This Somerville Startup Is Using Aquaponics to Grow Food Indoors
Two years ago, Jamie Byron built an aquaponic greenhouse in his MIT dorm room. Today, Grove, the Somerville-based company he cofounded using similar technology, launched a Kickstarter campaign in preparation for its national launch.
“The Grove Ecosystem is an intelligent indoor gardening system that helps people grow their own fresh, healthy food and inspire and educate their family, year-round, right in their home,” explains Byron’s cofounder, Gabe Blanchet. “Grove is part of a movement toward a sustainable and diversified agricultural system on earth.”
Half art installation, half food production hub, the Grove Ecosystem is comprised of an aquarium connected to two gardening beds that can hold crops like leafy greens, herbs, and cherry tomatoes. As in all aquaponic systems, the fish waste—which contains nitrates and other nutrients—helps the plants grow, while the plants keep the aquarium tank clean. Unlike other aquaponic set-ups, however, Grove’s product is synced with the internet and an accompanying mobile app.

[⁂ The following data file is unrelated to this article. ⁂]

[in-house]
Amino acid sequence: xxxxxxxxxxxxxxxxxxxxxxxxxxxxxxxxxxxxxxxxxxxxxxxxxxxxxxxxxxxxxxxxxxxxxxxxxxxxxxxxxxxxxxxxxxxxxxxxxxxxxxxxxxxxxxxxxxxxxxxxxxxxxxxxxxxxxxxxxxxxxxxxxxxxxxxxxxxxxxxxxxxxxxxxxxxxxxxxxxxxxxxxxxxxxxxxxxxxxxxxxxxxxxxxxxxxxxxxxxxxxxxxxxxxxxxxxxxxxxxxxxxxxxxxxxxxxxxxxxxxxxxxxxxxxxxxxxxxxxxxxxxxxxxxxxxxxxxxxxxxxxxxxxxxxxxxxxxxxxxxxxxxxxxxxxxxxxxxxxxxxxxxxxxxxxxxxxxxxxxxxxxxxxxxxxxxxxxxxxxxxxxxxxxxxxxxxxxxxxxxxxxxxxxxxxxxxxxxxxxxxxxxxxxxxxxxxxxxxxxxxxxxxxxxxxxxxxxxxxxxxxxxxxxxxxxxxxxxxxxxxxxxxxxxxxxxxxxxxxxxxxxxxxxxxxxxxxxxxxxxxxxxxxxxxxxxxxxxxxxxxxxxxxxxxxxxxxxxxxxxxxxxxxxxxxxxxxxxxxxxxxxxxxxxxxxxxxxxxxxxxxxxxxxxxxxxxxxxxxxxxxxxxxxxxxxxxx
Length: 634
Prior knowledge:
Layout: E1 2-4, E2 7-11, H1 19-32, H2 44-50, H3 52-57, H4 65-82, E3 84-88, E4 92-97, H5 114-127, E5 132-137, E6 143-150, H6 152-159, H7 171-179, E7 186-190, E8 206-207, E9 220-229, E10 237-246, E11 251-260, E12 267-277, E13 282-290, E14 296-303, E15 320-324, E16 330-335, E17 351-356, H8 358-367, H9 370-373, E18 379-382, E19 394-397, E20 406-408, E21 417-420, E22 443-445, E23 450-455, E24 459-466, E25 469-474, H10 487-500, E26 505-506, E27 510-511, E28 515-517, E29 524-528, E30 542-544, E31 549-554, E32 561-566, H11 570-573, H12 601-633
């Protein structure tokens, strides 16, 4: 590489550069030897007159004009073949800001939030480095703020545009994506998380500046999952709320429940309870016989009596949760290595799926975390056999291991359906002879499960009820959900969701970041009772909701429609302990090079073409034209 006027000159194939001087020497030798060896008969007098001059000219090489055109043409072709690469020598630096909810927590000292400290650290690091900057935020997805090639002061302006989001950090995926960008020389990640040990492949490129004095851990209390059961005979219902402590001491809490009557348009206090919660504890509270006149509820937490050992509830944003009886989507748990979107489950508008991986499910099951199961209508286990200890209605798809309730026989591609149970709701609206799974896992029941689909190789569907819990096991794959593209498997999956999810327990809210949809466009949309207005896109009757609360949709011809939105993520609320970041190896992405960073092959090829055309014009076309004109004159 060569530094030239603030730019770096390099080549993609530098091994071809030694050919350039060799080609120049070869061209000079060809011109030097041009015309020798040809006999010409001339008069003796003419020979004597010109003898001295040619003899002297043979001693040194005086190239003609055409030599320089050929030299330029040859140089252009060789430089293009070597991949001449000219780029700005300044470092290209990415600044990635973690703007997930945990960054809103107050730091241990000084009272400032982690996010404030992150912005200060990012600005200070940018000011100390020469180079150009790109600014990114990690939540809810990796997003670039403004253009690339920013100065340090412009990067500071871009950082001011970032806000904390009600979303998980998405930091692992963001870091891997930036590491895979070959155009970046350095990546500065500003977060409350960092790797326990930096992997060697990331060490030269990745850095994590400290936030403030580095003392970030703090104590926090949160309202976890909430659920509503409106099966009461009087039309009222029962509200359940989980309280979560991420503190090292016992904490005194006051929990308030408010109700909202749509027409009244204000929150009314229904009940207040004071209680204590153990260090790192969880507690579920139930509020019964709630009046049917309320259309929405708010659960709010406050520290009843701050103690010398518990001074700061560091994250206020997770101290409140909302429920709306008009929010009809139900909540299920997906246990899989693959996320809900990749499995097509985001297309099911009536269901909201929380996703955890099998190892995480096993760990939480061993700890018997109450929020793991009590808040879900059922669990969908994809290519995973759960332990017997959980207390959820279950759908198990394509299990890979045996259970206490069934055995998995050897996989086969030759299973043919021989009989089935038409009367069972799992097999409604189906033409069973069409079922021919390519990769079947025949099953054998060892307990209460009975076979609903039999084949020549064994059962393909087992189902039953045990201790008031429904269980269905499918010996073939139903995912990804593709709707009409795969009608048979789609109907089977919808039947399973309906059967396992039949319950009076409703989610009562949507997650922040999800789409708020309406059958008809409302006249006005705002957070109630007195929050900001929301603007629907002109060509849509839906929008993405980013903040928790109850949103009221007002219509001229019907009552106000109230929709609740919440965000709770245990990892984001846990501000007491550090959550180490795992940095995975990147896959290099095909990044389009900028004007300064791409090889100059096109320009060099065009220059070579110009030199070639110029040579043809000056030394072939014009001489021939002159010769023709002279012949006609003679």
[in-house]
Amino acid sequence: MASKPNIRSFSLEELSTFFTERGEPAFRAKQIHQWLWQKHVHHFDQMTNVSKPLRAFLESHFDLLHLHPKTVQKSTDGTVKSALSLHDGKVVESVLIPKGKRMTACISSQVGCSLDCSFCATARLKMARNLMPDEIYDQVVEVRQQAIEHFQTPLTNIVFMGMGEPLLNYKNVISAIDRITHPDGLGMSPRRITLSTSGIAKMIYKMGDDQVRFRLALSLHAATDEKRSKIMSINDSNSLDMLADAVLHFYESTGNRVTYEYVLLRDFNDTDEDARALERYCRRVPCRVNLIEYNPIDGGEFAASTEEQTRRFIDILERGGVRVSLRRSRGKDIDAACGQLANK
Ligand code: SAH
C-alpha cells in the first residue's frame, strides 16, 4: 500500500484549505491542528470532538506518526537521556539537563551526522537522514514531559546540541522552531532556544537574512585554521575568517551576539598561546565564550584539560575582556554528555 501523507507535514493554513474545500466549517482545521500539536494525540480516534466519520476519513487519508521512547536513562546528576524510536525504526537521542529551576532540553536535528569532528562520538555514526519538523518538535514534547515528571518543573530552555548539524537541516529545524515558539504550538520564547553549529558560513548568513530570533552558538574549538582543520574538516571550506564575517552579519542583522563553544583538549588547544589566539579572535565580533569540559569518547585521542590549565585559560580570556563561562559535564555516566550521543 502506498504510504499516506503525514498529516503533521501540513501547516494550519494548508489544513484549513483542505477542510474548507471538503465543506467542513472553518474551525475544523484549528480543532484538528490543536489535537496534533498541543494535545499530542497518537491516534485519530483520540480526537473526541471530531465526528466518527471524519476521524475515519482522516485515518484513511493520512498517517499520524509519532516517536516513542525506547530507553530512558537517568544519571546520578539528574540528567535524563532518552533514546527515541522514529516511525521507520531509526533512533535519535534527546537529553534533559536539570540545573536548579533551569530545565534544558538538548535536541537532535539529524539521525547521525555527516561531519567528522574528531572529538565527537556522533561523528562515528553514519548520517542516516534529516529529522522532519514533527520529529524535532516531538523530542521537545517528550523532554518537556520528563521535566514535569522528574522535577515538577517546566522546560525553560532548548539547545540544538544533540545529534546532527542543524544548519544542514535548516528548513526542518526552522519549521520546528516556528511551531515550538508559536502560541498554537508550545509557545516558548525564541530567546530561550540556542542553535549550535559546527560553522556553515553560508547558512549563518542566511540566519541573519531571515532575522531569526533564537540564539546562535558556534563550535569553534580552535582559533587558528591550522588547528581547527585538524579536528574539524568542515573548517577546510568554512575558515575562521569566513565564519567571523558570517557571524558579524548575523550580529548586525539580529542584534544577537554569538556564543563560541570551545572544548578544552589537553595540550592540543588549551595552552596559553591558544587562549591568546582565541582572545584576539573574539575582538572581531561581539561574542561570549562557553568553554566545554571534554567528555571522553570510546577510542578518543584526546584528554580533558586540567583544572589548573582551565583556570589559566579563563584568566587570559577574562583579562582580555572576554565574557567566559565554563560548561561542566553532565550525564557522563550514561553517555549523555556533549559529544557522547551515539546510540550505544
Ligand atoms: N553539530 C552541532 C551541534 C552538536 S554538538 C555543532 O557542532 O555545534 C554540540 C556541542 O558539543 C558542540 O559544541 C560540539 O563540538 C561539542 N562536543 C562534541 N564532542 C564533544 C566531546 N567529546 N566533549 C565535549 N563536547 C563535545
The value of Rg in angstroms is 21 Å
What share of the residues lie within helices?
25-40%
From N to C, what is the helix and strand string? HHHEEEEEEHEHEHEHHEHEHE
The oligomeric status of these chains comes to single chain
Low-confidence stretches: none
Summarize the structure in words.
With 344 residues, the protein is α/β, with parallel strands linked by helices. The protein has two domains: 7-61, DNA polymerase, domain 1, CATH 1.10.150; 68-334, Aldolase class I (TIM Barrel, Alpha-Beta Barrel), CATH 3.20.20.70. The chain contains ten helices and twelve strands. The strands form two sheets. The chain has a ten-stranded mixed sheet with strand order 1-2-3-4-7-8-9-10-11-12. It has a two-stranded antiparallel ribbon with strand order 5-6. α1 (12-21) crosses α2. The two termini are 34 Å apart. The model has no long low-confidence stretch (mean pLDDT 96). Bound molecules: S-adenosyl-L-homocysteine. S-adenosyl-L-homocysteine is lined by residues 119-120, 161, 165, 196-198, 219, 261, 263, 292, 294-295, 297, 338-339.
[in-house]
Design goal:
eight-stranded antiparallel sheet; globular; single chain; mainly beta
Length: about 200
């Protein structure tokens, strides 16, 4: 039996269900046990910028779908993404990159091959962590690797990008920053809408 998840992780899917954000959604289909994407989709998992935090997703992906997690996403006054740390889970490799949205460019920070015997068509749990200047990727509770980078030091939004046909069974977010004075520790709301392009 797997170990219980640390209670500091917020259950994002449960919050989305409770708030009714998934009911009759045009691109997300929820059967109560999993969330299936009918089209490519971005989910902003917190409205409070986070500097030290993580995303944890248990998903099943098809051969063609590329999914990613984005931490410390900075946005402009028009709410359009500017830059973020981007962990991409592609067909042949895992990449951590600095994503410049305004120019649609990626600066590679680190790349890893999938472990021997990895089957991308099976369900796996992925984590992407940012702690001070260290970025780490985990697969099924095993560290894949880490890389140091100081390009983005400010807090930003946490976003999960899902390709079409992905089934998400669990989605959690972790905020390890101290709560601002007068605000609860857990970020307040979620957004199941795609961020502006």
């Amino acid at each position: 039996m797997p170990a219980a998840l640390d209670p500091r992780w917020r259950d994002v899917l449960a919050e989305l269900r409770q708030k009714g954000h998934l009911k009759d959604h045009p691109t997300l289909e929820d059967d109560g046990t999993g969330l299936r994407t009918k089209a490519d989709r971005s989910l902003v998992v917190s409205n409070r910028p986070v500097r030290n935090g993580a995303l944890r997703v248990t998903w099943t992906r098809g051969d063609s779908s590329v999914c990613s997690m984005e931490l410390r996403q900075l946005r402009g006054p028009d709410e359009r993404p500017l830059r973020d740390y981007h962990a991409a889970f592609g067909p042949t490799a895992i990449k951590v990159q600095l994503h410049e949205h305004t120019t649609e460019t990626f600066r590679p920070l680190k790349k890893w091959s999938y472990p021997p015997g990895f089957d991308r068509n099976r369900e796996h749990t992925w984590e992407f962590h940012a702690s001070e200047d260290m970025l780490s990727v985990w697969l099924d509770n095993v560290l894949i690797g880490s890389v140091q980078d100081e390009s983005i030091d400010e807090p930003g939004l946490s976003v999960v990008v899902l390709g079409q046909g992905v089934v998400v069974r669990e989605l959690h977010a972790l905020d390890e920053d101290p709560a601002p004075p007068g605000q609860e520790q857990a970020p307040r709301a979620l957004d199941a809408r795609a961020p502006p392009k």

“If, through the mobile app, you ordered tomato seeds, we can optimize the settings in the whole ecosystem to grow [them],” Blanchet says, adding that Grove may someday be able to alter nutrients and flavor profiles as well. “It’s not just like a refrigerator that you just buy and put there.”
Grove doesn’t come cheap—the predicted retail price is $4,500 and the first tier of Kickstarter supporters can get one for $2,700, though Blanchet says a lower-priced model is on the docket—but Blanchet says the Ecosystem is about more than just growing fresh herbs; it’s an investment in the future of the food system.
“I think the number one benefit is bringing people closer to their food,” he says. “Having food growing, and nature living, in and around where people live, I think, will inspire and educate thousands and millions of kids and adults.”
To that end, Blanchet says Grove is part of a new wave of companies that are using food not just to improve individuals’ health, but as an agent of systemic change.
“I think for the future of humanity and the planet, we have to think differently than the industrial food system,” Blanchet says. “One of the great things about being alive today is that we can collectively join forces and push the future, and Grove is part of that.”